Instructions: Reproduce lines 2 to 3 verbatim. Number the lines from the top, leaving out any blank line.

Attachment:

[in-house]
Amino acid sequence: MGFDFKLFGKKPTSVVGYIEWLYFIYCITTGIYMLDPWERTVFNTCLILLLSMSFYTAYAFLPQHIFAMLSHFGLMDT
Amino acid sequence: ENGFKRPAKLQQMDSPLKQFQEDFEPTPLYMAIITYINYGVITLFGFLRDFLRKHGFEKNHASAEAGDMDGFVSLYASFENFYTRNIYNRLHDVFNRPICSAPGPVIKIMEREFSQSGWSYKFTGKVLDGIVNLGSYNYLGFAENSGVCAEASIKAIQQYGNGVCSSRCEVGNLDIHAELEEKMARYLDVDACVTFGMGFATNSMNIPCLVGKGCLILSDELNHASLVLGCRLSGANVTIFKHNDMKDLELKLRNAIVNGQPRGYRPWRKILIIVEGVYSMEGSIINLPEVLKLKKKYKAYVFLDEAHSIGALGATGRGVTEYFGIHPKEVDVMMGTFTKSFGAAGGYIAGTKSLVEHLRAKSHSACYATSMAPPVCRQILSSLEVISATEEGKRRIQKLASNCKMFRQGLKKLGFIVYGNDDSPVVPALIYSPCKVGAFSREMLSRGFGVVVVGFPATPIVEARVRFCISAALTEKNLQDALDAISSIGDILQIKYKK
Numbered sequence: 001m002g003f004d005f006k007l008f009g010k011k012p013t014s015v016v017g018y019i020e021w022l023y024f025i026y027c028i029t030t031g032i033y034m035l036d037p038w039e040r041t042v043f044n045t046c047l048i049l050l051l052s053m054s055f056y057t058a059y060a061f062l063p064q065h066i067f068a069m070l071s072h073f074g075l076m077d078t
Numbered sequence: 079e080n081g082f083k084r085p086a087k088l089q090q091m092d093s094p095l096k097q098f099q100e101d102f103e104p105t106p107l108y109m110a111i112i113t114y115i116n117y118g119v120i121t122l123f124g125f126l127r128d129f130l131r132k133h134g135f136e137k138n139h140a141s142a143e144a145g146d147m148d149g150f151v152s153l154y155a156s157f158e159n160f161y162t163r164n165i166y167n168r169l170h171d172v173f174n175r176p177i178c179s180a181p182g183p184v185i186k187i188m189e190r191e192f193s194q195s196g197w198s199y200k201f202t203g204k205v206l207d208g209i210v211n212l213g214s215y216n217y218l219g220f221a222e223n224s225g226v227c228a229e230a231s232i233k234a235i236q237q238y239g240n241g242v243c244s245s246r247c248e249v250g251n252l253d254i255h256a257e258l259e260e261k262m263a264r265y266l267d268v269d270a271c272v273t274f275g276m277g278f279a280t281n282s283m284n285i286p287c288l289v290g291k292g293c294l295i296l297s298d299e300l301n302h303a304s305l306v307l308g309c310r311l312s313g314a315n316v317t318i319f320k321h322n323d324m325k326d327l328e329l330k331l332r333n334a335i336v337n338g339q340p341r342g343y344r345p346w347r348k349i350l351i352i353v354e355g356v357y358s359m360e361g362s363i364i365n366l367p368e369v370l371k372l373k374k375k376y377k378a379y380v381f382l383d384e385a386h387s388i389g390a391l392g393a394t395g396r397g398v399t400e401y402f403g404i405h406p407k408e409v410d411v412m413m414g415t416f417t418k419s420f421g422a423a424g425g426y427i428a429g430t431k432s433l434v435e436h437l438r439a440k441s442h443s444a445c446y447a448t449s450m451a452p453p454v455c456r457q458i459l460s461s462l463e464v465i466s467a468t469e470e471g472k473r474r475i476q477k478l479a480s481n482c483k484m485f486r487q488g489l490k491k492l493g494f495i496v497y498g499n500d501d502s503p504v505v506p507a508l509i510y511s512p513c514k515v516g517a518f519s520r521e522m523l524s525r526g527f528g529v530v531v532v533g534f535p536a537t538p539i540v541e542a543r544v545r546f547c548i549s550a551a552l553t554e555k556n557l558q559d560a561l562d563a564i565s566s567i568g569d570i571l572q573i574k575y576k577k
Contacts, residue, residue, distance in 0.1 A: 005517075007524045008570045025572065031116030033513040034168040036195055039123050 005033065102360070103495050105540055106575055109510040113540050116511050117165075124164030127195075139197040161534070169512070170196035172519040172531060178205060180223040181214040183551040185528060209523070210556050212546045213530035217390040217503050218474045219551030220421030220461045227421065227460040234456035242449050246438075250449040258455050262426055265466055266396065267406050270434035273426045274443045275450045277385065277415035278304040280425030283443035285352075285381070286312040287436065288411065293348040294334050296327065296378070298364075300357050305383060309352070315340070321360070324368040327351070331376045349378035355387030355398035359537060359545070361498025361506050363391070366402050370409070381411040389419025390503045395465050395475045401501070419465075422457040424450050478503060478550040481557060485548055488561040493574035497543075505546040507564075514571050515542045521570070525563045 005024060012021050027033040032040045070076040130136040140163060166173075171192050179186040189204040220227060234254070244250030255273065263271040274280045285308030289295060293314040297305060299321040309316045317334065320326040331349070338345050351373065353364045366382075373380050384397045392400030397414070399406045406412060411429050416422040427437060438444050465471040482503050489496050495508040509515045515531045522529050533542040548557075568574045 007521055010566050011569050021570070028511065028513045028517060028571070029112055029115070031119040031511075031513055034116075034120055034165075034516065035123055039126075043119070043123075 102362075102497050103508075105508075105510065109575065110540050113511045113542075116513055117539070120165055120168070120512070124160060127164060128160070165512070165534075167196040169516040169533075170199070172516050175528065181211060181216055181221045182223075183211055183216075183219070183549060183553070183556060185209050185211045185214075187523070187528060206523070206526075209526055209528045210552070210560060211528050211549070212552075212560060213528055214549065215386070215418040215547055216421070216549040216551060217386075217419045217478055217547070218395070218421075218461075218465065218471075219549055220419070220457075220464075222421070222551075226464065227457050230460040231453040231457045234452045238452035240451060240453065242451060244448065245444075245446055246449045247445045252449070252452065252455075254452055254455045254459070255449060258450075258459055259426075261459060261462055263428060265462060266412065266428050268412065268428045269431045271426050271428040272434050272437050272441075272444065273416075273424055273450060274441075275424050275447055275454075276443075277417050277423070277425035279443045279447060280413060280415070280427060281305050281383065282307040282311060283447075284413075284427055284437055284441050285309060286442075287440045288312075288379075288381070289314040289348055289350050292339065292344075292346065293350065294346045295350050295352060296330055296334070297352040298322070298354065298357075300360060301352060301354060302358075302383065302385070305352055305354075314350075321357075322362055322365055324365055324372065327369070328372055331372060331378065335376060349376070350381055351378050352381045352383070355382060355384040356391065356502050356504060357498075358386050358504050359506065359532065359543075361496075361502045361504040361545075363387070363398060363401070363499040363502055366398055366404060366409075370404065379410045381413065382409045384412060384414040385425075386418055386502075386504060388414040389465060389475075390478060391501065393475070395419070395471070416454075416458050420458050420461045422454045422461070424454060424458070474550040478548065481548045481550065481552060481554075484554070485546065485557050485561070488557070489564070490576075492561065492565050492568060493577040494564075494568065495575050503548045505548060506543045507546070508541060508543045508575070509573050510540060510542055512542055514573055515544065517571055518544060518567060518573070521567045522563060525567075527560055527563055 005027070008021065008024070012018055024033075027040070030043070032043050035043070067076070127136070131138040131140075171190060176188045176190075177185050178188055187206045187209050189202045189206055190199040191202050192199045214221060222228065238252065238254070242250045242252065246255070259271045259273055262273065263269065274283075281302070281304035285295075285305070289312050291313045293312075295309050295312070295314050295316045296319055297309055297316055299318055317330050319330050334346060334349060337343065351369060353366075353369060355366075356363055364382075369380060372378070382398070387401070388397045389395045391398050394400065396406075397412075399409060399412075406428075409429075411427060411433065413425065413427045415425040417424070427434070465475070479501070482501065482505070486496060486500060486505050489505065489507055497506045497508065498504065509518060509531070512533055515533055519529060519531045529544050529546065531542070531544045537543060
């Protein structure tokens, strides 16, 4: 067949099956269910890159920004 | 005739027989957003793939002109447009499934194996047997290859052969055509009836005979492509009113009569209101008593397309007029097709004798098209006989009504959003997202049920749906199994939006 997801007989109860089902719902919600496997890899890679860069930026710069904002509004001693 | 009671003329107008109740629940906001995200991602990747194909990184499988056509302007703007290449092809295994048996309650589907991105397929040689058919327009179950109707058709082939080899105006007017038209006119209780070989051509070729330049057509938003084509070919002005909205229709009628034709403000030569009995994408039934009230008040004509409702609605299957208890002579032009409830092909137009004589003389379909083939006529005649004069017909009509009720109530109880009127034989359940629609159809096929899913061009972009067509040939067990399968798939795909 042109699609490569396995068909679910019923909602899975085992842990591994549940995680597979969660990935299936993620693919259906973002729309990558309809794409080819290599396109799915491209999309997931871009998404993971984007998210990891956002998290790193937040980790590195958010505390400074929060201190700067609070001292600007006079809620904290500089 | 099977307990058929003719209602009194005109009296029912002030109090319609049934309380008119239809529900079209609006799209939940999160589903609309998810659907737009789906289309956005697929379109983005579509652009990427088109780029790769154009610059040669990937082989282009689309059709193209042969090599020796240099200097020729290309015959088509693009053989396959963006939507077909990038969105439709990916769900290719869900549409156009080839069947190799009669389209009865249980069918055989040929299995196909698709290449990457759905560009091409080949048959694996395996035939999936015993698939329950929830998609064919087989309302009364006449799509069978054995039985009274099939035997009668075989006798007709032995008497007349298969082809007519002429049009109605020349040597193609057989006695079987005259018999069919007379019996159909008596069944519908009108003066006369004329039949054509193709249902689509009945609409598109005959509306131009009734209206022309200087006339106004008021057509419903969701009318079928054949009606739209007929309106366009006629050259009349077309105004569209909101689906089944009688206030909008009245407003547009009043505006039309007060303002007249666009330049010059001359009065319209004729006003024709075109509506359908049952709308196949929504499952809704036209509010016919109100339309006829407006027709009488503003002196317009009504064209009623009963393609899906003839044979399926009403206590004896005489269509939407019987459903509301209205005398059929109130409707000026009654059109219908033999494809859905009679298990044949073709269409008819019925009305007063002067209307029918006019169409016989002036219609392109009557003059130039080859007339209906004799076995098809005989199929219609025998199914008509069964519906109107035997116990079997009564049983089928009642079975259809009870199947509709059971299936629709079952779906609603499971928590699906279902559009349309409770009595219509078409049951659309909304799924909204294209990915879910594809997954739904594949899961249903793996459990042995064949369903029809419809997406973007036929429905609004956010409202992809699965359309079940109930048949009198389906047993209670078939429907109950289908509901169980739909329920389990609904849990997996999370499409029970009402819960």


Amino acid sequence: MGFDFKLFGKKPTSVVGYIEWLYFIYCITTGIYMLDPWERTVFNTCLILLLSMSFYTAYAFLPQHIFAMLSHFGLMDT
Amino acid sequence: ENGFKRPAKLQQMDSPLKQFQEDFEPTPLYMAIITYINYGVITLFGFLRDFLRKHGFEKNHASAEAGDMDGFVSLYASFENFYTRNIYNRLHDVFNRPICSAPGPVIKIMEREFSQSGWSYKFTGKVLDGIVNLGSYNYLGFAENSGVCAEASIKAIQQYGNGVCSSRCEVGNLDIHAELEEKMARYLDVDACVTFGMGFATNSMNIPCLVGKGCLILSDELNHASLVLGCRLSGANVTIFKHNDMKDLELKLRNAIVNGQPRGYRPWRKILIIVEGVYSMEGSIINLPEVLKLKKKYKAYVFLDEAHSIGALGATGRGVTEYFGIHPKEVDVMMGTFTKSFGAAGGYIAGTKSLVEHLRAKSHSACYATSMAPPVCRQILSSLEVISATEEGKRRIQKLASNCKMFRQGLKKLGFIVYGNDDSPVVPALIYSPCKVGAFSREMLSRGFGVVVVGFPATPIVEARVRFCISAALTEKNLQDALDAISSIGDILQIKYKK